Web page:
This blog post originally appeared as a guest blog post for Guidestar.
I sat down for lunch with a generous donor.
Two years earlier over lunch she and her husband asked me every fundraisers dream question: “Where do you need help the most?” I had to think fast on my feet. My mind scanned their giving history. Their interests. I thought of a stretch amount for a project in their sweet spot. I asked for a six figure gift to build a computer lab. They wrote me a check on the spot. Fast forward to today. They’re divorced. She got a huge settlement. She’s starting a foundation. We nosh on our salads. The mood is relaxed. That is, until I dive in and ask her to consider a gift 5 times bigger than her last to create a technology center for girls.
Her face turned as white as a sheet.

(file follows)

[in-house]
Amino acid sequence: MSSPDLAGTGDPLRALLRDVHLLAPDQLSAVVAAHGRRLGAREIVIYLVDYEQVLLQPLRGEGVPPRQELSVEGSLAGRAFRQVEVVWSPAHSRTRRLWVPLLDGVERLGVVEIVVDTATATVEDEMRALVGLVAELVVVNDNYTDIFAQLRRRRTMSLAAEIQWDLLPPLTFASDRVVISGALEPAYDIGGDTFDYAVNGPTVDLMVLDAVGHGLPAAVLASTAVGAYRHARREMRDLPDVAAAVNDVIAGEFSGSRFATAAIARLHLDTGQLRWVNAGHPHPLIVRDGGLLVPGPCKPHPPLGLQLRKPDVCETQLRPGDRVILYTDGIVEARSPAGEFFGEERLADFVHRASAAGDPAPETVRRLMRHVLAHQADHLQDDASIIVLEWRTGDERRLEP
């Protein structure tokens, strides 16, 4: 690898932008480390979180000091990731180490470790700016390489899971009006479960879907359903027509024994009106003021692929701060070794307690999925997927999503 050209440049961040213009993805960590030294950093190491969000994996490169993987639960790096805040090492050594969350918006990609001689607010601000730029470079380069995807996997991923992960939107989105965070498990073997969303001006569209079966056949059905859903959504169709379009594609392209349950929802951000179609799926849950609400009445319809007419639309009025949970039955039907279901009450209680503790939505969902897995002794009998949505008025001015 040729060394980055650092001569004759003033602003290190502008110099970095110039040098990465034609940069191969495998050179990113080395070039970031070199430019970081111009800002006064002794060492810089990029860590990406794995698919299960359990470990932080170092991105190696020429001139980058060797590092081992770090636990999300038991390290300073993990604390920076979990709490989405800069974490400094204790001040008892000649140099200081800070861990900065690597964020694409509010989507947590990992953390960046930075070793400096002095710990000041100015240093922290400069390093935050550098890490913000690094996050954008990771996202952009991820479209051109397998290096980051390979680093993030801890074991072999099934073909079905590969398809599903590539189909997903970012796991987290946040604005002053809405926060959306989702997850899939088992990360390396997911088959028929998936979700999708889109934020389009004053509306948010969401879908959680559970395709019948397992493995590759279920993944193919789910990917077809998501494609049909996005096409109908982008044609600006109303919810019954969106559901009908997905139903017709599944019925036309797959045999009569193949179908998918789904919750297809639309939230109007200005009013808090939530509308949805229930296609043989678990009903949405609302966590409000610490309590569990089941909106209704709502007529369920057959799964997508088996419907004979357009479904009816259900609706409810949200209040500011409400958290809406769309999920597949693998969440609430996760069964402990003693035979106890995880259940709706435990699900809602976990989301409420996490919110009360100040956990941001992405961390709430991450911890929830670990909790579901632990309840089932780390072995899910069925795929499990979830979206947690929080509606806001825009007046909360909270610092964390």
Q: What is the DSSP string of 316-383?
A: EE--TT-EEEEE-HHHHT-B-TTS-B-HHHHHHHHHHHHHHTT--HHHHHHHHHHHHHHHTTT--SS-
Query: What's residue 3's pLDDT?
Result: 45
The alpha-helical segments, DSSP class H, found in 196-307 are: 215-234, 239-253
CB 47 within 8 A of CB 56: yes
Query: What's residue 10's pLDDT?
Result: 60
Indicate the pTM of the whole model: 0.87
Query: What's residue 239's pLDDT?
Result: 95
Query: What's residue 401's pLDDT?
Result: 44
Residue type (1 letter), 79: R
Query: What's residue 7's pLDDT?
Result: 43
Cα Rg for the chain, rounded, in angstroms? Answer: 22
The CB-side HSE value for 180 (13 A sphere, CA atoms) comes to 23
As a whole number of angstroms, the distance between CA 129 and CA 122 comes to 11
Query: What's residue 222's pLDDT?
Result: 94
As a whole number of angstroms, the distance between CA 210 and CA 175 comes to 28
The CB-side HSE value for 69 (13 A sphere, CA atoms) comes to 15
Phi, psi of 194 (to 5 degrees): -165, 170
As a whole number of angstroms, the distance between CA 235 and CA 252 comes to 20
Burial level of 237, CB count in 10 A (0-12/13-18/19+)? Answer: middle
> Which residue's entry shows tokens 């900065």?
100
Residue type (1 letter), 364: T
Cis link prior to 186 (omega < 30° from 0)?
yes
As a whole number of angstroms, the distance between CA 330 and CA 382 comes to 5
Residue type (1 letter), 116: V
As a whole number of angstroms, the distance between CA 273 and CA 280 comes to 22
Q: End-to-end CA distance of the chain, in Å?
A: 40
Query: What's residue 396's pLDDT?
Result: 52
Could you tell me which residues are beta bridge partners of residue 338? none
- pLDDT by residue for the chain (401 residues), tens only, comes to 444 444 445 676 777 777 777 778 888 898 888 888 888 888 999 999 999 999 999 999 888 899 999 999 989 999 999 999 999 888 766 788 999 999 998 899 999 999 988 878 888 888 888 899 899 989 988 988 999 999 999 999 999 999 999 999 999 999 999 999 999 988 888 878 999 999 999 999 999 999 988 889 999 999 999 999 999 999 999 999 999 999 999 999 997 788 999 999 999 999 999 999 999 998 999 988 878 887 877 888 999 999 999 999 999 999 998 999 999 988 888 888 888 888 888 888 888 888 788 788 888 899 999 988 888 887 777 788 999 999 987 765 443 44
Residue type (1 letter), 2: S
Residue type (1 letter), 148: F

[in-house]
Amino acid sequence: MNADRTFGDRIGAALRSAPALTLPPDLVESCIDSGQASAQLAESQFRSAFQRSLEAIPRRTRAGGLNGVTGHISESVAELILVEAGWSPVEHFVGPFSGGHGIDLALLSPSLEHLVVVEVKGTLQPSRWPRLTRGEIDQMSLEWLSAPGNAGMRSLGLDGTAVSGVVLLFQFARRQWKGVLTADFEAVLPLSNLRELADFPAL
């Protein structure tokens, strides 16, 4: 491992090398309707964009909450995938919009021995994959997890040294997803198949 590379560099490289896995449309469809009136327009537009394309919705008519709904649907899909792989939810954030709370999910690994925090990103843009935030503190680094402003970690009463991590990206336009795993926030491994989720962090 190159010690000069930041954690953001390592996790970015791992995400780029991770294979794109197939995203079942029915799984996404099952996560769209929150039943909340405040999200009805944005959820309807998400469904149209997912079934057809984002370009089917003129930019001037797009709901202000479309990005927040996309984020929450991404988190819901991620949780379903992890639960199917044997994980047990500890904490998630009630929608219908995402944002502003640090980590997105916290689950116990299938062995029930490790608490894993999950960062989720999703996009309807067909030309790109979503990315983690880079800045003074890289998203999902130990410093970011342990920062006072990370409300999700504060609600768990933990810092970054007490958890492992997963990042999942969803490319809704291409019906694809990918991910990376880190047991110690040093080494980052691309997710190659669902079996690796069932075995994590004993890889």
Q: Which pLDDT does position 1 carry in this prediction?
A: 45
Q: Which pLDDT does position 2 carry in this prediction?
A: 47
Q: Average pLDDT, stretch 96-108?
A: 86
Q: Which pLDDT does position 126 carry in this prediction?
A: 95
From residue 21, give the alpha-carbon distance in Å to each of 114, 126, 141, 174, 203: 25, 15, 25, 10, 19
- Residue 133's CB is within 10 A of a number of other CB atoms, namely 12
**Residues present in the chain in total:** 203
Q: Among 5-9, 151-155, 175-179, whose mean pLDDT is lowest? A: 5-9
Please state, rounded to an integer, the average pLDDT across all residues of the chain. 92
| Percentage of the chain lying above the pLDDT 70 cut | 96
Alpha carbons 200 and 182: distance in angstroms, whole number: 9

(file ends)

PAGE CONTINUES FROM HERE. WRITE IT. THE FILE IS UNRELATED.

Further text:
She peppered me with questions. Who else had come in at the level? Who was on our campaign cabinet? Who was the chair? Where were the other lead gifts from? All excellent questions. Only I didn’t have the answers.
I asked too early for too much without the proper cultivation. I confused capacity with interest. I didn’t take the time to prepare her. I could have shown her the technology lab with students crammed two to a chair. The waiting lists of students who couldn’t get a spot. I could have taken her on a tour of new spaces. Let her talk to parents on the waiting list or chat with graduates.
I lost that gift but it’s still my favorite mistake. Why? It forever changed me as a fundraiser. It taught me how to cultivate donors and secure major gifts.
Last month I shared 21 of the best discovery questions you can ask a donor. (hyperlink: http://trust.guidestar.org/2015/11/17/21-discovery-questions-to-ask-now/) My advice? Use them! But not all at once. This is a relationship, not the Spanish inquisition. When a new neighbor moves in next door you don’t ask them to go on vacation with you for a week. You invite them to dinner. Building relationships is a healthy give and take of disclosure. Remember that donor’s give through us, not to us. They are supporting the cause. We help them reach it. How rewarded do you make your donors feel for supporting it?